In putting the final touches on his preparation for the May 4 Kentucky Derby, Tax worked a half-mile over the Belmont Park training track Thursday morning in Elmont, N.Y., in a torrid 47.80 seconds – the swiftest of 48 recorded works at the four-furlong distance.
Owned by R. A. Hill Stable, Reeves Thoroughbred Racing, Hugh Lynch and Corms Racing Stable, the 3-year-old gelded son of Arch impressed trainer Danny Gargan in his last work before shipping to Churchill Downs, breezing in company at 9:30 a.m. on Thursday with assistant trainer Rolando Quevedo aboard for the journey.
“I thought he worked really tremendous,” Gargan said following the work. “We put a target in front of him because he likes to run at something and 47 and change is fast today. I worked a few horses earlier today and no one worked that fast. Divine Miss Grey went 48 and change and she's a good work horse. The gallop out was impressive and he's training really well. Obviously, he's bred to go longer, and we train our horses to gallop out big. When you're going a mile and a quarter you want to have a fit horse.”
Tax is scheduled to ship to Churchill Downs on Sunday, April 28.
Tax was claimed by Gargan for $50,000 following a second-out maiden claiming victory going 1 1/16 miles over the main track at Keeneland last October. Gargan acquired the horse believing that he had a solid turf router on his hands, but the native of Louisville, Kentucky ended up instead with his first Kentucky Derby starter.
“I watched him run [second] first time out [on Sept. 29] at Churchill,” Gargan recalled. “I was handicapping and we're always looking for young horses. I like to claim young horses and he was in a [$30,000] maiden. He was a real well-bred horse and I was thinking that he's wanting to run long on the grass, so I claimed him thinking that I was getting a grass router.
“We brought him here and the first time that I worked him he went really well, then the second time I worked him he broke off in behind some horses and he breezed [like he did Thursday].”
Impressed with the dirt work, Gargan supplemented Tax to the Grade 2 Remsen, where the gelding ran third.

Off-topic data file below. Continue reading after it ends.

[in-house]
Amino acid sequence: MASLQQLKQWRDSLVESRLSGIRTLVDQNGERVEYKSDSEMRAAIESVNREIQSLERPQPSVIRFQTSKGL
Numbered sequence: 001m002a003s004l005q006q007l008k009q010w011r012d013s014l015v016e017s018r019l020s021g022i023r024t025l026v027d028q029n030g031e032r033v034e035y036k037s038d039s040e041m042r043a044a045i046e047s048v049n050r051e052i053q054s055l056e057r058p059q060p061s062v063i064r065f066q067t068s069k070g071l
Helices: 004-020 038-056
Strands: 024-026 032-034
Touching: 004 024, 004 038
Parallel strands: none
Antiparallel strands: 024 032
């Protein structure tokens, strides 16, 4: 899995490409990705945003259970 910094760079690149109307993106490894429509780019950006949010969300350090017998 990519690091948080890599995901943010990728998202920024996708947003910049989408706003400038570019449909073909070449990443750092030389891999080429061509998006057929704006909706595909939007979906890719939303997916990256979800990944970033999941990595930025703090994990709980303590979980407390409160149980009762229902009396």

Tax made his sophomore debut a winning one when taking the Grade 3 Withers on Feb. 2 at the Big A and in his most recent effort was a close runner-up behind Tacitus in the Grade 2 Wood Memorial presented by NYRA Bets.
A son of a former jockey, also named Danny, Gargan spoke of what it would be like to win North America's most prestigious horse race.
“My father won the Oaks in 1973 [aboard Bag of Tunes] as a jockey. He never did ride in the Derby, but he rode in the Belmont and the Preakness,” Gargan said. “It's obviously a race that everybody wants to win, especially when you grow up in the south end of Louisville. It's the biggest dance. You want to win it and it's pretty big just to be in it. It's a game changer for your career just to win the Derby.”
On paper, the Kentucky Derby appears to have a lack of early speed. Gargan stated that, while Tax can show some speed, where he will be placed earlier in the race will depend mainly on the post position.
“He has natural speed,” Gargan said. “We'll see what the post is. In the Wood we used him a little bit to get him into the position we wanted. I didn't want him to get stuck in behind horses, so I told the jock to move a little bit early.
“Obviously in the Derby we won't be pumping him at the half-mile pole to make a move around the turn there,” continued Gargan. “When Derby points are involved you have to be more aggressive. I don't think we'll send him as much as we did in the Wood. It all depends on how he comes out of the gate.”
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